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News for the Carlsbad High School Community

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News for the Carlsbad High School Community

The Lancer Link

Dramatic Interpretation competitors share the behind the scenes of their event

There+are+many+people+and+events+to+participate+in+for+Speech+and+Debate.+NSDA+provides+many+statistics+about+the+students+participating+and+the+events+available.++
Rebecca Berke
There are many people and events to participate in for Speech and Debate. NSDA provides many statistics about the students participating and the events available.

The Carlsbad High School Speech and Debate team is one of the highest-ranked in the nation. Dramatic Interpretation, one of the many events in this extracurricular, is unique in many ways, such as its freedom of choice. 

There are many types of events in Speech and Debate, ranging from acting performances to arguing whether or not a bill should be passed. One of these events is called Dramatic Interpretation, otherwise known as DI. Freshman Belen Chavez chose to compete in DI and says that having to improve her speaking skills is part of her motivation to do this event. 

“I hope to be more comfortable speaking in front of people and acting in front of people,” Chavez said. 

Dramatic Interpretation requires the memorization and presentation of a dramatic script. Often, the way competitors choose their scripts is based on a problem or topic that they want to address.  

“I like how I am able to choose my own script and perform it in my own way,” Chavez said.  

Many students also enjoy DI because of the freedom that comes with it. Since competitors get to choose the script, it is up to them to determine what their message is and how they want it to come across. 

“I wanted to join DI because I thought it would be a fun way to act [the script] out in front of the judges,” Chavez said. “I’m not that big on debating so I thought this was going to be fun.” 

Junior Josie Mitchell is the captain of DI and has another reason why she likes the event so much. She enjoys the creative component of the event because she can choose how to present and move during the speech.

“It’s also fun to be incredibly dramatic in a speech,” Mitchell said. “My other event is an impromptu speech about international events, which isn’t very creative or dramatic. Having DI to balance this out is very fun.” 

DI is one of the many acting events in speech and debate, but is unlike the others because of its deeper meaning behind the scripts. Since it is meant to be dramatic, the script is often serious and has a strong message.

“DI is different from other events because it merges acting with important social issues,” Mitchell said. “Oftentimes, DIs will contain themes of things like mental health… These could be more official issues, but acting them out allows us to speak about these issues in a more informal and creative setting.”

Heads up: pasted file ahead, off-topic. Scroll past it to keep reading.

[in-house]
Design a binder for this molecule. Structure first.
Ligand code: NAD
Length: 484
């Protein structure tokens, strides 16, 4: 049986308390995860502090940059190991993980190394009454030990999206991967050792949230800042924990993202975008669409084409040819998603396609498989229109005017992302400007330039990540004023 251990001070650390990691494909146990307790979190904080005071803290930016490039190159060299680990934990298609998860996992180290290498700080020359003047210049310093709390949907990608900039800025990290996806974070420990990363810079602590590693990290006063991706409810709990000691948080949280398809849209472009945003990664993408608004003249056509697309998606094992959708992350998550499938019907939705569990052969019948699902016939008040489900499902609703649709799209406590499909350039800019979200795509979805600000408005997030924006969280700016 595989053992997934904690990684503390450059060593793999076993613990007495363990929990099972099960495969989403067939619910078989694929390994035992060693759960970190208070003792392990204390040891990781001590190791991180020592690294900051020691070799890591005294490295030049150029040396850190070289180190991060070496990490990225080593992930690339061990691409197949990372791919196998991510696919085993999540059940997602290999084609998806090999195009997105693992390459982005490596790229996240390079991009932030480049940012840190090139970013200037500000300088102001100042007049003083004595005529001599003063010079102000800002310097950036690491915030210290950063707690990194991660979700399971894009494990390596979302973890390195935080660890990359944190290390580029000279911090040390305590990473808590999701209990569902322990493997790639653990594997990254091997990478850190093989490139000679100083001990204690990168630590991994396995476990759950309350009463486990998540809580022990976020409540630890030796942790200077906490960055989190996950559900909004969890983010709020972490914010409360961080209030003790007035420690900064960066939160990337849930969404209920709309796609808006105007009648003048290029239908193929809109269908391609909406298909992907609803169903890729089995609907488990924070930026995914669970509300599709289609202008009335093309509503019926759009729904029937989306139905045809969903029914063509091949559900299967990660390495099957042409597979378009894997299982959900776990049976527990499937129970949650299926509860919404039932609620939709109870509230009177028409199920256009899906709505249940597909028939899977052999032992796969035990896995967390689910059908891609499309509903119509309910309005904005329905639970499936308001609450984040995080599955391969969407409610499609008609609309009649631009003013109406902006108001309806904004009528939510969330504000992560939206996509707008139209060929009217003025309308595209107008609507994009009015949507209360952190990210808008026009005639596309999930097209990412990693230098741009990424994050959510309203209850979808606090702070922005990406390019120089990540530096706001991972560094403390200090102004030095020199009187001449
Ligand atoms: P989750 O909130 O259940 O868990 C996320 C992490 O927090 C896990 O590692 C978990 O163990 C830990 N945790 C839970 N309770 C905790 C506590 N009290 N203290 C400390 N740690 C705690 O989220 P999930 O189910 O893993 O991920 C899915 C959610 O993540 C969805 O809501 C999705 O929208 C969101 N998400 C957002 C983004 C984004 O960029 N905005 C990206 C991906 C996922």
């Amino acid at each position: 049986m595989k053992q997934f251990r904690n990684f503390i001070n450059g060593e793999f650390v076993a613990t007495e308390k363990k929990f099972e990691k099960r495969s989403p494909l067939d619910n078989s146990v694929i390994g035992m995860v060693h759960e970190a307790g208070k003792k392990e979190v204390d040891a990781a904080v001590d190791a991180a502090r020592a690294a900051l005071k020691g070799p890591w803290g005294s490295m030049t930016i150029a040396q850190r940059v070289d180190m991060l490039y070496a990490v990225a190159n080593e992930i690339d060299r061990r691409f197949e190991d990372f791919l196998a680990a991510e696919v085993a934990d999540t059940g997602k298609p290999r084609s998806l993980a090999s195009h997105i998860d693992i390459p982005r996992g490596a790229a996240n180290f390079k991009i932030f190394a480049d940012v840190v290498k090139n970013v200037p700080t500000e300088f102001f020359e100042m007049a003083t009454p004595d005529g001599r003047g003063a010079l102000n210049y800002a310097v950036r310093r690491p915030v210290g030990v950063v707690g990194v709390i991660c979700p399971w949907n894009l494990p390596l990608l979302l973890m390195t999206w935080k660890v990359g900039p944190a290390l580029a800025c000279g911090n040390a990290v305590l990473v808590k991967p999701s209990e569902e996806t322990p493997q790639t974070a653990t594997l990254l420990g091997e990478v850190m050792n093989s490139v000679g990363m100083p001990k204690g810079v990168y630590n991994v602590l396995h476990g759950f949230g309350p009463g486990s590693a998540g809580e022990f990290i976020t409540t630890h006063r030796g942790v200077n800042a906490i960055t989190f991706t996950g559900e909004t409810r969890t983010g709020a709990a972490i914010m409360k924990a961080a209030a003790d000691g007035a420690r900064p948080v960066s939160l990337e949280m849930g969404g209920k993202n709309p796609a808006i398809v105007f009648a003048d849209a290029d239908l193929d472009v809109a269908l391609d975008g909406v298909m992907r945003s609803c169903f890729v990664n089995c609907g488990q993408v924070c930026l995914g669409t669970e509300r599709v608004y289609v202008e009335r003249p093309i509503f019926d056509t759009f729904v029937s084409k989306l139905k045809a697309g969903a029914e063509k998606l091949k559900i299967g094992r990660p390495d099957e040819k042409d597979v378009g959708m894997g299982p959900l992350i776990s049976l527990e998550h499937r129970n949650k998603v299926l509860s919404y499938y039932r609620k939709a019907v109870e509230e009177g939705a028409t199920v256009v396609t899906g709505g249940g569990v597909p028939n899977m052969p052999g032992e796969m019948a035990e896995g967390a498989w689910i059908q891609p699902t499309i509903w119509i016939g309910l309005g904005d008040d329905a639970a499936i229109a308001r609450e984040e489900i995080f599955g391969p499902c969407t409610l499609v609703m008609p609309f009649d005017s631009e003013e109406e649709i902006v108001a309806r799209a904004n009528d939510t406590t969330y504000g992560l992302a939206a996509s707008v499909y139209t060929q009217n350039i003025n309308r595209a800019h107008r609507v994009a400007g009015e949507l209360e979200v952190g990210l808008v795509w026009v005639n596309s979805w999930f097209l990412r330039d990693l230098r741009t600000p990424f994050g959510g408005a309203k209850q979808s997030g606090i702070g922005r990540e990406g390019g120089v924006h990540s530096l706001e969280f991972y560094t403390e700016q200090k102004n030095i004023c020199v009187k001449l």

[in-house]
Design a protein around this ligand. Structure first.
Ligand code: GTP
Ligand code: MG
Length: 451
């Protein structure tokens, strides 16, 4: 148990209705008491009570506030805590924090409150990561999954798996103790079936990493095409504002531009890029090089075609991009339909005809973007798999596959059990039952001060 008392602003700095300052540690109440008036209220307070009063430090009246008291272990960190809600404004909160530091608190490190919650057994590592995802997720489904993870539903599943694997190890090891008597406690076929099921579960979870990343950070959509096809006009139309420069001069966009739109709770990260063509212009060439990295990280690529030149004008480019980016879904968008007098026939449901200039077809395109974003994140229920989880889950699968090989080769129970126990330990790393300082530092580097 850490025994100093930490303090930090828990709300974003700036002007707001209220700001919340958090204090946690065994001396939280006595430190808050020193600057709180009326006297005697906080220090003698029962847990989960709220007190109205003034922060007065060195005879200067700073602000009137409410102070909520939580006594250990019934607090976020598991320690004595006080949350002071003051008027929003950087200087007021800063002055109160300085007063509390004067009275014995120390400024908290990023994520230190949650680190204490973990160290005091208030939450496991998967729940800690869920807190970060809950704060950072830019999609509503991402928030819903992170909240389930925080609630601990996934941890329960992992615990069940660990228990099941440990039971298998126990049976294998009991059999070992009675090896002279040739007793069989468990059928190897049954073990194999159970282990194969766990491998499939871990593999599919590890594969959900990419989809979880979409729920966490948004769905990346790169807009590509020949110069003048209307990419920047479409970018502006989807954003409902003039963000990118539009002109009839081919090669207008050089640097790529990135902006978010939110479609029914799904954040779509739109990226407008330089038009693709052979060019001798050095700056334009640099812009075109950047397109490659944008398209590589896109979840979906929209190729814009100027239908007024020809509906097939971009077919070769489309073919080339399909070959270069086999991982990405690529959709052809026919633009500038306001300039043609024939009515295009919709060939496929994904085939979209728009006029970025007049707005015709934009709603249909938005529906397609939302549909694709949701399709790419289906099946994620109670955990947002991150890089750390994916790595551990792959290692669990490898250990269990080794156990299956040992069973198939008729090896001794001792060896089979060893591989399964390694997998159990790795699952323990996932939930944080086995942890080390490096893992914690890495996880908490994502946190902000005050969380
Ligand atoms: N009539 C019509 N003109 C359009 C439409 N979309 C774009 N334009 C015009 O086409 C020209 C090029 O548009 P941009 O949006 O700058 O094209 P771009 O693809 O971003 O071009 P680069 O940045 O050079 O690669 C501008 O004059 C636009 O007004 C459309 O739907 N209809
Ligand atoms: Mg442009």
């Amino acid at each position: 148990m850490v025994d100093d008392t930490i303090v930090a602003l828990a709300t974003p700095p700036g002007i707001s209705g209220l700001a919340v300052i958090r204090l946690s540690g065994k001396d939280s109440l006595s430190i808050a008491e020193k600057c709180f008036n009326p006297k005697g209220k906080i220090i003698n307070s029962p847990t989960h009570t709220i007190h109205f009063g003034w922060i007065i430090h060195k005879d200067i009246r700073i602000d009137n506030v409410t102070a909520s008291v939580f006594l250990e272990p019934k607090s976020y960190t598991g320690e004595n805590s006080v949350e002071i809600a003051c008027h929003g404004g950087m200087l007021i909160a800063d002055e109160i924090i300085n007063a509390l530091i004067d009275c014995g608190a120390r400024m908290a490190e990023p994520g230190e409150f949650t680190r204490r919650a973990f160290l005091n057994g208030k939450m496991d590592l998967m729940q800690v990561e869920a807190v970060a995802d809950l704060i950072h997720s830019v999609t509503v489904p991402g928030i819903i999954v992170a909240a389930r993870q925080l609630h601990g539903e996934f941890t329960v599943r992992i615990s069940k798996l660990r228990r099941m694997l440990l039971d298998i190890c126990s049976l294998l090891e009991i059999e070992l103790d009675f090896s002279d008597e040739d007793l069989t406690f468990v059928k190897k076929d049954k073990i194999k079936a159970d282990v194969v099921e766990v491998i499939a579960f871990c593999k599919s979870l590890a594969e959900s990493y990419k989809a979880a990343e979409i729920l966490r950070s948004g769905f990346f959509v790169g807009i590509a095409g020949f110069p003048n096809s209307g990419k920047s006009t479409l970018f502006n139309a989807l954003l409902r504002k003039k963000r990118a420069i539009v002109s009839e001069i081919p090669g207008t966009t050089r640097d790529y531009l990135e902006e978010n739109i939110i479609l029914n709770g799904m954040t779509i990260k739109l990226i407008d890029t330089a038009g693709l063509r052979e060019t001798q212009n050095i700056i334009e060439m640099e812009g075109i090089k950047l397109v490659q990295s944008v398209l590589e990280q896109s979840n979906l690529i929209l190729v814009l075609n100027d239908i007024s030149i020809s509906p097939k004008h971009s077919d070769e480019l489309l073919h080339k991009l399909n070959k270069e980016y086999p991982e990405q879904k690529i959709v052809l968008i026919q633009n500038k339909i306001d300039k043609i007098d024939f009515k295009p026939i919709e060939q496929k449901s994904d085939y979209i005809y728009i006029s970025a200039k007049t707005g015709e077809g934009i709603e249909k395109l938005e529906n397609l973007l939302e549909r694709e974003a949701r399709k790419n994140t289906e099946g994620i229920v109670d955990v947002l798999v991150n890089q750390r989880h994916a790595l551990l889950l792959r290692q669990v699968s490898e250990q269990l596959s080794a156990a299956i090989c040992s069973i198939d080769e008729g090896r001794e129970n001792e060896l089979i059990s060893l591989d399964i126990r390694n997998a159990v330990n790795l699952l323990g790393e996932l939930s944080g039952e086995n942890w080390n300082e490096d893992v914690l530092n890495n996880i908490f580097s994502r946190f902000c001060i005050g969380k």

Mitchell believes that other students should join the event because of the benefits it can provide. For one, she believes that the experience can be used in other events and real-life situations. 

“The blocking and mannerisms of DIers can be embarrassing or melodramatic, but by doing that in front of a room of strangers, it helps your confidence,” Mitchell said. “Ironically, doing a dramatic acting event has helped me be more confident in humorous speeches.”

Mitchell has special responsibilities in addition to just being part of the event. As the DI captain, she also helps other students in the event fine tune their speech and become competition ready. 

“I am responsible for my DI competitors,” Mitchell said. “I have to help novices choose their speeches and help my peers block their speeches. Mostly I provide feedback, but the skill and success of this event lies in the people who compete.” 

Overall, Dramatic Interpretation has helped Mitchell both inside and outside of a school setting, and made her more assured and helped her acting skills. Even though it is just an event in a school extracurricular, it has many benefits in the real world, according to Mitchell.

“I believe DI has helped my performance in all of my other events,” Mitchell said. “It has also helped me reach out about personal issues and talk to peers who might understand. I hope to continue to become more confident by competing in DI. I also hope to continue to improve my skills over time.”

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About the Contributor
Rebecca Berke, Reporter
Rebecca Berke is a freshman at Carlsbad High School, and it is her first year on The Lancer Link staff. She enjoys playing guitar and listening to music. She enjoys writing and hopes to write many more stories for The Lancer Link.

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  • J

    JamieNov 30, 2023 at 4:51 pm

    Fantastic writing, Rebecca. This piece was informative, yet inspirational, and overall an enjoyable read. Keep up the good work.

    Reply